This Christmas, it is likely that you will have a Christmas tree complete with bright lights and many colours. This is the highlight of the season for many families and communities. These lights bring radiance, excitement and joy in tandem with the Christmas spirit.
But did you know that there are other natural, brighter, magnificent and spectacular lights than can dwarf any that your city or you can install for Christmas? Have you ever heard about the Northern Lights? Do you know the spiritual connotations attached to them? Why is everybody interested in seeing them? When is the best time of the year and day to view these beauties of the sky?
Northern Lights are bright lights within the aurora, which appear to be dancing when in actual sense they are the sun’s electrically charged particles in the process of entering the atmosphere of the earth. These lights are found right above the magnetic northern and southern hemisphere’s poles.
How Do I Spot Them?
The Northern Lights are a spectacle to behold especially because they come in a multiplicity of colours. While the dominant colours are pink and pale green, a keen observer will discern hues of yellow, violet and blue. For people who love colours, this is a spectacle that cannot be missed. It is like watching fireworks, only that this time nature is in charge and does not need human contribution – only awe and wonder!
However, do not expect to have one form of appearance when looking for the Northern Lights. Expect patches of multiple colours in the sky. Streamers have also reported seeing distributed clouds of light. You might be lucky to see these lights forming an arc like the rainbow. If you see rippling curtains of colour in the sky, these are likely to be Northern Lights. Look out also for shooting rays which will illuminate the sky and leave it with a weird radiance.
Another important aspect of the Northern Lights is how far they spread. They can be displayed in an area about 80 km wide or approximately 50 miles. In addition, these lights can be seen from afar since they extend to about 640 km high or roughly 400 miles above the surface of the earth. If you have ever seen any fireworks of this nature, you are yet to be born. Nothing we have today can match what our atmosphere can prepare and display.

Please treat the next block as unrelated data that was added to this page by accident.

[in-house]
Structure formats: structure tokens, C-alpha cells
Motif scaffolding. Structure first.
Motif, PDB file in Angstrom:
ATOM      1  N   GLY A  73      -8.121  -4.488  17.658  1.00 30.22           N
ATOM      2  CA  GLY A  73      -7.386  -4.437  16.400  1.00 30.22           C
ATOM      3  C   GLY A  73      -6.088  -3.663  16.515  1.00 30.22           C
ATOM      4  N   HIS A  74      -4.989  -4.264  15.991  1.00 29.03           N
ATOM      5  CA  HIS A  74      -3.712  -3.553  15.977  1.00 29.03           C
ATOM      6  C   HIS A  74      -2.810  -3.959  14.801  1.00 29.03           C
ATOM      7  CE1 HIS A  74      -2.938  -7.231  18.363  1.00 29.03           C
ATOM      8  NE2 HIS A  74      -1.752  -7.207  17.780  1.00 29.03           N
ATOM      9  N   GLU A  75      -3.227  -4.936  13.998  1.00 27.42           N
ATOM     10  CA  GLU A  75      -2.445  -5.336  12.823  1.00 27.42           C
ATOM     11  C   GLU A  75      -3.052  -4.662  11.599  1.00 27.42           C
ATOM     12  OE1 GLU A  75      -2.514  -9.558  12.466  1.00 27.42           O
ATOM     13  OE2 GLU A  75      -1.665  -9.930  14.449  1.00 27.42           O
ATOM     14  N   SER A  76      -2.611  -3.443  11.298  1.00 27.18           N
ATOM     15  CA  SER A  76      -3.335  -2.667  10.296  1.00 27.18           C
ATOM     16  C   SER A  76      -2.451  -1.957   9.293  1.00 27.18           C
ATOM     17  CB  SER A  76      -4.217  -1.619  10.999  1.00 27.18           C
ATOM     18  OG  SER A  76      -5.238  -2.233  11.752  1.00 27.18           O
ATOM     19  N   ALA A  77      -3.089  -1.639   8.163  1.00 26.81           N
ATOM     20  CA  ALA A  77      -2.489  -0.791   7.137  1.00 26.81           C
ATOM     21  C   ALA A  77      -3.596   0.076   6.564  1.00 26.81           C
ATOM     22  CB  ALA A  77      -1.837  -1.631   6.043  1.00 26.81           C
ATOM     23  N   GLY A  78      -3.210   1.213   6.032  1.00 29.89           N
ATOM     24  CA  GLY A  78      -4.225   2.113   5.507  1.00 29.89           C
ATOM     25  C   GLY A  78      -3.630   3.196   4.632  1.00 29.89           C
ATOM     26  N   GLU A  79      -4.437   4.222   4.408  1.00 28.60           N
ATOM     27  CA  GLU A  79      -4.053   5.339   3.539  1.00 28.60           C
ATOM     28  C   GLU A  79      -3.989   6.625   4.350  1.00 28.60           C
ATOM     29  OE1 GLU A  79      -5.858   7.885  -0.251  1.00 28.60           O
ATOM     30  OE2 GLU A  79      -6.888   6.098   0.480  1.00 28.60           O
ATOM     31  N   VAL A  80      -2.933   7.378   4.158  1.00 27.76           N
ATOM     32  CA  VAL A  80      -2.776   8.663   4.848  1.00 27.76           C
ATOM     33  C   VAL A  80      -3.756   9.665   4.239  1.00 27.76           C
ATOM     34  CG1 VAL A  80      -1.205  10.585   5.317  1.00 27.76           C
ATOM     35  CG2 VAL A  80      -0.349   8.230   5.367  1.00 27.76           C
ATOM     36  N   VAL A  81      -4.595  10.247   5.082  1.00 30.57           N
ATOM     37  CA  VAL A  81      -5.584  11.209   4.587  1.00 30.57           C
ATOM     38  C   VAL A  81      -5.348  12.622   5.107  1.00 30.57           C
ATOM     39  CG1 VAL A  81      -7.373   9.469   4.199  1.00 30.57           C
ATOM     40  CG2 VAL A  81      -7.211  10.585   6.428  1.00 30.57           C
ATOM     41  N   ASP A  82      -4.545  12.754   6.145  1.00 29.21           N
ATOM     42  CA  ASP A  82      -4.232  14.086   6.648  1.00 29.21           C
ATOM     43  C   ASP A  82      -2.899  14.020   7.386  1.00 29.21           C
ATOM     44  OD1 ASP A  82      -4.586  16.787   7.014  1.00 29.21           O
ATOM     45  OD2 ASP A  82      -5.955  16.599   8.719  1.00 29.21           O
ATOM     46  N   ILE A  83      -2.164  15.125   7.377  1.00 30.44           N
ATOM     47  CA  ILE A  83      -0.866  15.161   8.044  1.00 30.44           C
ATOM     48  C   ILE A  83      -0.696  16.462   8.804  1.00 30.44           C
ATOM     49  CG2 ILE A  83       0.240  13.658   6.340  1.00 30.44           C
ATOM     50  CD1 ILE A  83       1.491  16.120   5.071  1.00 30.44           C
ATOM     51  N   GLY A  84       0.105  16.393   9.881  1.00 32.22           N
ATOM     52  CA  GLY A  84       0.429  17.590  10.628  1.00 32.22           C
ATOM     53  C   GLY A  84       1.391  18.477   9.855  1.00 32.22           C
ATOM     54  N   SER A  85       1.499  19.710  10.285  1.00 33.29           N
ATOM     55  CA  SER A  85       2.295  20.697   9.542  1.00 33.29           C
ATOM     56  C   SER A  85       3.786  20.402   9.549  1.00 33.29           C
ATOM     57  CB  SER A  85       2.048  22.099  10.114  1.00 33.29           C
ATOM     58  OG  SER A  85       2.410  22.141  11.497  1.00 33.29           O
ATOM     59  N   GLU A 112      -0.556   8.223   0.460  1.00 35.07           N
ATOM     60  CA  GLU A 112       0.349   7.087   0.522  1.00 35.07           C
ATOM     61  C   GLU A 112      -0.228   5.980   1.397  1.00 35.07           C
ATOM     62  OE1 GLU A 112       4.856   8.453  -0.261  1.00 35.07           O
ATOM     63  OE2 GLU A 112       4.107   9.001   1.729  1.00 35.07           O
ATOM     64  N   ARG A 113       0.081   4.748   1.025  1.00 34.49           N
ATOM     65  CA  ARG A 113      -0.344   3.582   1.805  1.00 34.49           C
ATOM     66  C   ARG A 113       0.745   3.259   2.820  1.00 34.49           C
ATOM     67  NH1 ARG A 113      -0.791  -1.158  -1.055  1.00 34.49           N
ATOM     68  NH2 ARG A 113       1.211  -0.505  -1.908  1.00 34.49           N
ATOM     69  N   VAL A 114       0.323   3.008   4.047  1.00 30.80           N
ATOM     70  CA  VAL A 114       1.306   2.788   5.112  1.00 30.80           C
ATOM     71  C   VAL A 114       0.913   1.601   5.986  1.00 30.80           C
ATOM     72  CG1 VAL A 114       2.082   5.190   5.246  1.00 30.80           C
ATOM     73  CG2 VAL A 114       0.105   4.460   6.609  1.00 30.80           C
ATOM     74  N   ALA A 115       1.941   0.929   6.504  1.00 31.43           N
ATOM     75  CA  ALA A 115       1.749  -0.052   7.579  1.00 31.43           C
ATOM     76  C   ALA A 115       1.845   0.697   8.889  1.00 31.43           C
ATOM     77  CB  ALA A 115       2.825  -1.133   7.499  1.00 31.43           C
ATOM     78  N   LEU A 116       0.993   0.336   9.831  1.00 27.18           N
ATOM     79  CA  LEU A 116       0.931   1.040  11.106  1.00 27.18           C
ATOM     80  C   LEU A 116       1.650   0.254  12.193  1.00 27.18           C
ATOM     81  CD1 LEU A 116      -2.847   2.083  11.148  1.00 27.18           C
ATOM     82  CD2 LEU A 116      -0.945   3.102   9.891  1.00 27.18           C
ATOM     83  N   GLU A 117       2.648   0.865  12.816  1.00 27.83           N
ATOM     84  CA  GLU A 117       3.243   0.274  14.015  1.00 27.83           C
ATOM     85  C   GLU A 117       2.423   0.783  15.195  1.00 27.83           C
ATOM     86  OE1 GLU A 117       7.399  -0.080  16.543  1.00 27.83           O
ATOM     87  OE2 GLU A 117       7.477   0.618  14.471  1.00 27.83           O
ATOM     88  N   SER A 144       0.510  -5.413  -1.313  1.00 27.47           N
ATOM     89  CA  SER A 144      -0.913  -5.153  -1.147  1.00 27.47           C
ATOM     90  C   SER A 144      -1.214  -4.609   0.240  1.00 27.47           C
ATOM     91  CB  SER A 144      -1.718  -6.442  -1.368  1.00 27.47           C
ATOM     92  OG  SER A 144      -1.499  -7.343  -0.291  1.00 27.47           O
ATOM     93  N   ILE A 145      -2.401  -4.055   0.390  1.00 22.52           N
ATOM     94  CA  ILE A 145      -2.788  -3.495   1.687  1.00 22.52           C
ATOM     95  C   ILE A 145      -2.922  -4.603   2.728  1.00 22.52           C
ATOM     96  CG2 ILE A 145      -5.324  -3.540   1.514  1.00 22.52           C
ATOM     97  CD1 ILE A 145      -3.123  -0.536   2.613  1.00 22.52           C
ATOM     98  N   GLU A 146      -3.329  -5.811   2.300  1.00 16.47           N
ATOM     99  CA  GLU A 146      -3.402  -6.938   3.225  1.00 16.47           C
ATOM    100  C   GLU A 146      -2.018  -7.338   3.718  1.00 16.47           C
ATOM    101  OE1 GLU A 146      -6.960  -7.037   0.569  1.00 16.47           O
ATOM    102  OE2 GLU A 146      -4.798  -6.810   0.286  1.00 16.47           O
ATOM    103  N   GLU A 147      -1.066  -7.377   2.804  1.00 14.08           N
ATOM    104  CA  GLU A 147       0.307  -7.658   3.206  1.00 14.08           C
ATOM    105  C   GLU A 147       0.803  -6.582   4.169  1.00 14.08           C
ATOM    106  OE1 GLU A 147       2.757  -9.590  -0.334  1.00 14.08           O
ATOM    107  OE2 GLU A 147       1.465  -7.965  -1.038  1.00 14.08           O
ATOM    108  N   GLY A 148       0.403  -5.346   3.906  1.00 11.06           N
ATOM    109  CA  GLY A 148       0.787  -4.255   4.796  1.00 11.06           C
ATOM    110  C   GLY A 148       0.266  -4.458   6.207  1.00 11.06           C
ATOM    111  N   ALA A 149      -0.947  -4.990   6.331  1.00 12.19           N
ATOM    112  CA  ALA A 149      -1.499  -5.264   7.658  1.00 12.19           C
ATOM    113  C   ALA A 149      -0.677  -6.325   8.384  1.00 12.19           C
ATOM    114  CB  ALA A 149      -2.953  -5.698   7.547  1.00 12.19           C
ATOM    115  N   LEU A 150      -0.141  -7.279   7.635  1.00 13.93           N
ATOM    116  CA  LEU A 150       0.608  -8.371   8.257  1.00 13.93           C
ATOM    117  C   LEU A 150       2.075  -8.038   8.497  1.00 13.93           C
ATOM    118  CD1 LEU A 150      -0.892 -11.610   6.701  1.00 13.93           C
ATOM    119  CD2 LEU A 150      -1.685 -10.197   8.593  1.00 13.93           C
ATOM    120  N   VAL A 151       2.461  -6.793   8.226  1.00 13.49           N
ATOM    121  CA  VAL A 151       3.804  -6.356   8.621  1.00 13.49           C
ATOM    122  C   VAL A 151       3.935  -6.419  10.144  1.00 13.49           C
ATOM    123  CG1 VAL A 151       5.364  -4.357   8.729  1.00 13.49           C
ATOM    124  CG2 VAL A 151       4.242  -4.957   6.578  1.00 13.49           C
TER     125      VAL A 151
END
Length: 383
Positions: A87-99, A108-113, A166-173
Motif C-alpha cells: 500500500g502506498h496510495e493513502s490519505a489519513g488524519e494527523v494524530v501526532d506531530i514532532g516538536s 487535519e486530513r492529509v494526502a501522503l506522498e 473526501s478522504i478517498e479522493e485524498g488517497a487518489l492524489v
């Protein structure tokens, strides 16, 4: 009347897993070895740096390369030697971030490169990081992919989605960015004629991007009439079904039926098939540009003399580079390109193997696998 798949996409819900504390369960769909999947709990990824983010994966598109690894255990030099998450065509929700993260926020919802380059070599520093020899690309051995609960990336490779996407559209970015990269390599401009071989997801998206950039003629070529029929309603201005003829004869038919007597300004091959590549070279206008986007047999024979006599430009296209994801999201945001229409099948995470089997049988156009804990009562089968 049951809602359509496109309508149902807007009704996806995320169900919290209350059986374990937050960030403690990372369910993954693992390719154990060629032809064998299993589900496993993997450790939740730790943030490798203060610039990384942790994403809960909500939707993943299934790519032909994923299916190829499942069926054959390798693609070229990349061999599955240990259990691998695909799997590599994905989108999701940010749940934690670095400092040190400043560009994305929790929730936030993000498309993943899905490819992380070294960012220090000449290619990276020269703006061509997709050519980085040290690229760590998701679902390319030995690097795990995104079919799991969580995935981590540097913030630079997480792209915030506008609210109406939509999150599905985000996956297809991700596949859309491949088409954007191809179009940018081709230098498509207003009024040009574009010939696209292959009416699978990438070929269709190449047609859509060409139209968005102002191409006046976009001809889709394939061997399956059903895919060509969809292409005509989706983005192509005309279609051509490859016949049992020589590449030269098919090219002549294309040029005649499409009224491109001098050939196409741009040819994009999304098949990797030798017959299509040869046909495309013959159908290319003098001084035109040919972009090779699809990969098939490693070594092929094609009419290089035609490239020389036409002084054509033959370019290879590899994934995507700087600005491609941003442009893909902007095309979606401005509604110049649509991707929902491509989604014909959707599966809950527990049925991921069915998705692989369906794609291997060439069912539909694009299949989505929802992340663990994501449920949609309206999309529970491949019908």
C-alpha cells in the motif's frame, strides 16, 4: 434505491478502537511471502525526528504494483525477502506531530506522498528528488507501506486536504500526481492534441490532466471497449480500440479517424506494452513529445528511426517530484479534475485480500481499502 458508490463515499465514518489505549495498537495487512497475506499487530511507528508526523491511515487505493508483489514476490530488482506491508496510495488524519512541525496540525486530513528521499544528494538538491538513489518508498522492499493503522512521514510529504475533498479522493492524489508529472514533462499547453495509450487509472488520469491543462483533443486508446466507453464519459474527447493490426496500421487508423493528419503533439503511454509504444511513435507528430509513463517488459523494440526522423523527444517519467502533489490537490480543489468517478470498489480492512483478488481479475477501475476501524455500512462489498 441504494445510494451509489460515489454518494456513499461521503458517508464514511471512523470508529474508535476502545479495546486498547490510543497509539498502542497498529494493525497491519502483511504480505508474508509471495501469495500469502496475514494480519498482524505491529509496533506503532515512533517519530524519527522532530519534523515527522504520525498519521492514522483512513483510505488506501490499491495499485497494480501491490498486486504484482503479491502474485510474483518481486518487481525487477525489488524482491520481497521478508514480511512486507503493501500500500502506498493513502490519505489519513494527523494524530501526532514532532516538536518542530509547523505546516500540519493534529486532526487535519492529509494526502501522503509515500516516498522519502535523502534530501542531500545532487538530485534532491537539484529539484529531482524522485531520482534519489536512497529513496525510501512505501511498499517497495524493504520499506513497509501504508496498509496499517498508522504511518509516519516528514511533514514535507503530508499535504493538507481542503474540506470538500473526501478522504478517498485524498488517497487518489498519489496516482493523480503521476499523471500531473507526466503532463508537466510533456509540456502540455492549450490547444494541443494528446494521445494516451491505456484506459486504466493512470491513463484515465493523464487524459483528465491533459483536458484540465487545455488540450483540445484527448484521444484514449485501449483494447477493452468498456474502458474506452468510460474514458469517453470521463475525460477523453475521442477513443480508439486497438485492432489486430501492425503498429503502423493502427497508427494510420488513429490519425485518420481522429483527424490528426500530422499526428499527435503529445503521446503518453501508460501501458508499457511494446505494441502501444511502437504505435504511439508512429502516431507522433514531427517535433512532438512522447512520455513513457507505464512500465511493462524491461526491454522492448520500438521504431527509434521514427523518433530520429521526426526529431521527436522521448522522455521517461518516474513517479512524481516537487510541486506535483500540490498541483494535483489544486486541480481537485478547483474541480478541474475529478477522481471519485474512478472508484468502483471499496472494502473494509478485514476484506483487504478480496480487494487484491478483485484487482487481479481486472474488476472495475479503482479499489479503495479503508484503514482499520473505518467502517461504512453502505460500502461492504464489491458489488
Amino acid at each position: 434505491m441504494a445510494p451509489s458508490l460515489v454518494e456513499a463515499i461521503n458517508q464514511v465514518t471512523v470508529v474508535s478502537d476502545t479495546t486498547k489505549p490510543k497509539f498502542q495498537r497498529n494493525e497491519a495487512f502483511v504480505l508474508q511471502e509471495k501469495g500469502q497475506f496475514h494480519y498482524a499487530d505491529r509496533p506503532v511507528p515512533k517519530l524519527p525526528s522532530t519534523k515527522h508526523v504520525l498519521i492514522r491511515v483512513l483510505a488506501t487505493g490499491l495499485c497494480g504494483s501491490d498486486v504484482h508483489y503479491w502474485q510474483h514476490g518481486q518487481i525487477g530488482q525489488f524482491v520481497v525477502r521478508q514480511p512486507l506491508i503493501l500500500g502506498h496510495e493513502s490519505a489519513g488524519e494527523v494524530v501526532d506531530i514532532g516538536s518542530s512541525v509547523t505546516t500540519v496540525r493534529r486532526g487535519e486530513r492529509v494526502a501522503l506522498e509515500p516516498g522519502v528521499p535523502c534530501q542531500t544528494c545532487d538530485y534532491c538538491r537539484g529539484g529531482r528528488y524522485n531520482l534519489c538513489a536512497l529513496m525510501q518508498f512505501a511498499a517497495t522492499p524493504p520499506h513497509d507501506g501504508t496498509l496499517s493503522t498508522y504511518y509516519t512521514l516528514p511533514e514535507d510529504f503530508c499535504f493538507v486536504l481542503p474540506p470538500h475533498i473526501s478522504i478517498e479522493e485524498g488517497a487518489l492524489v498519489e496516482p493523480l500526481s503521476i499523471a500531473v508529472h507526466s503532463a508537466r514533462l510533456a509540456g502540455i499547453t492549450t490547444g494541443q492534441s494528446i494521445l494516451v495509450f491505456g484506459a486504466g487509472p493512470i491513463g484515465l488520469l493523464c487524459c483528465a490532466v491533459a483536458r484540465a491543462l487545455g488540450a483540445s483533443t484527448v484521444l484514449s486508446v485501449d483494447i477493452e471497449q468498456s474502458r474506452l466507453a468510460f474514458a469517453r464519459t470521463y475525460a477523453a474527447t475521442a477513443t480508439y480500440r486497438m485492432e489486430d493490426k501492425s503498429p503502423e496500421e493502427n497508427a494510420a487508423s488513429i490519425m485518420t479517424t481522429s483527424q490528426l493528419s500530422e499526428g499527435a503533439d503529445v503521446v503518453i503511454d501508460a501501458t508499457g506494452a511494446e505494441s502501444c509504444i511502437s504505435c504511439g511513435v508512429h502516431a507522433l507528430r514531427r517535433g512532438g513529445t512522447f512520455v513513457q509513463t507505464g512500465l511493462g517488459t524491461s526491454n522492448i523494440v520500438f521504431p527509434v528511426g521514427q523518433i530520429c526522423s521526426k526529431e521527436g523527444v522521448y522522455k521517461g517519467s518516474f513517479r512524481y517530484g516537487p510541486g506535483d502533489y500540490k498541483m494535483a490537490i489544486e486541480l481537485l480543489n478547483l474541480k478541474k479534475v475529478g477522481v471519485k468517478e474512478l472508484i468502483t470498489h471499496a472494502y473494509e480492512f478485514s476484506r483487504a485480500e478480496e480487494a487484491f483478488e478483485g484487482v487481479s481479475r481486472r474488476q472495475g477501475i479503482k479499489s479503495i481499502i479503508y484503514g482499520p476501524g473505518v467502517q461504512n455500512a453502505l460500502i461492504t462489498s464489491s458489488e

Where To Catch Them?
It is important to understand that these lights do not appear the same way in all places on earth. There are spots where you can have no views of the lights. In some areas, you may be lucky to have a minimal view. However, there are particular areas on earth where you can enjoy the full serving of this unforgettable experience.
From the onset, you must understand that this spectacle occurs in the southern and northern hemispheres and that is where you can best see these lights. The Aurora Borealis and the Aurora Australis as the northern and southern displays are known respectively, take the shape of an uneven oval object that is directly above respective magnetic poles. The amazing thing is that the two spectacles are like mirror-images of one another and take place simultaneously, while exhibiting the same sets of colours.
People in far of places in the south, like New Orleans in the western hemisphere, will experience this phenomenon. Ironically, those in comparable places in the eastern hemisphere will not even realise what is happening. The people who will experience the full grandeur and majesty of these colours, however, are those in Alaska and Canadian locations such as Nunavut, Yukon and Northwest Territories. Other places where these mysterious lights can be viewed include southern parts of Iceland and Greenland and some coastal areas in Northern Norway and Northern Siberia.
The best time to watch Northern Lights is during winter because there are longer nights and more darkness and many clear nights. Midnights are also exceptionally good times to catch the lights.
Ancient Romans called the Northern Lights the “dawn of the north” and associated them with the goddess of dawn. Medieval societies believed that the sighting of these lights heralded hunger. Among some American Indians, these lights were spirits of their dead fishermen and hunters, animals they had hunted before or people who had died. In contemporary society, it is not unusual to meet people who believe these lights represent divine favour and blessings.
These lights are loved for the sheer excitement they bring to those who watch them. They have an aesthetic value and many people would like to show the photos and narrate their experiences to those who have never had the opportunity to view the spectacle. Some people also associate the lights with spiritual blessings and revelations and therefore watch the lights to fulfil a spiritual obligation.
If you’re fortunate to travel to see this amazing occurrence we would absolutely love to see your images! You can see us on Facebook at www.facebook.com/graceguru.net, send us a tweet: www.twitter.com/_graceguru_ or use our instagram hashtags #graceguruloves or #gracegurulifestyle
Have a very Merry Christmas!
Your Grace Guru